• Protect your home. Don’t borrow against your house. “Refinancing their homes to pay down other bills is the single biggest mistake made by families in trouble,” according to Warren and Tyagi.
• Adjust fast. When things change, whether it’s a job loss or a divorce, accept the new reality and make major adjustments quickly. “I have met so many [newly] single mothers who try desperately to hold onto the old life for their kids, even when there is no way they can realistically afford it,” she says. “If your circumstances have changed permanently, put the past behind you and get on with building a new life on solid financial footing.”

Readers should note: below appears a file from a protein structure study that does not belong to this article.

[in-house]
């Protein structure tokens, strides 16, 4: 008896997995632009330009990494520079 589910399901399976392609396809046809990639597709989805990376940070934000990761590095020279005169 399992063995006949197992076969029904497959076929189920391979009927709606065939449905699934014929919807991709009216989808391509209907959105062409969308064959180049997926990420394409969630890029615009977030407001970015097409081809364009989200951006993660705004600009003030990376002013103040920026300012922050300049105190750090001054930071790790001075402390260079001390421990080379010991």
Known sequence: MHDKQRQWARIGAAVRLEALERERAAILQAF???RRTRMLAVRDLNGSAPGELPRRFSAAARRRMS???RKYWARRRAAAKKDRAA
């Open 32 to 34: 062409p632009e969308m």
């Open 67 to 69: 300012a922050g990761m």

• Avoid credit counselors. In stark contrast with conventional get-out-of-debt advice, Tyagi recommends that families stay away from credit-counseling agencies, some of which are being investigated for fraud or have ties to credit-card companies.
• Consider talking to a bankruptcy attorney. Warren and Tyagi encourage families to think strategically – like a business. When your family’s welfare is at stake, put aside any guilt you may feel and do what you need to do to protect your family.
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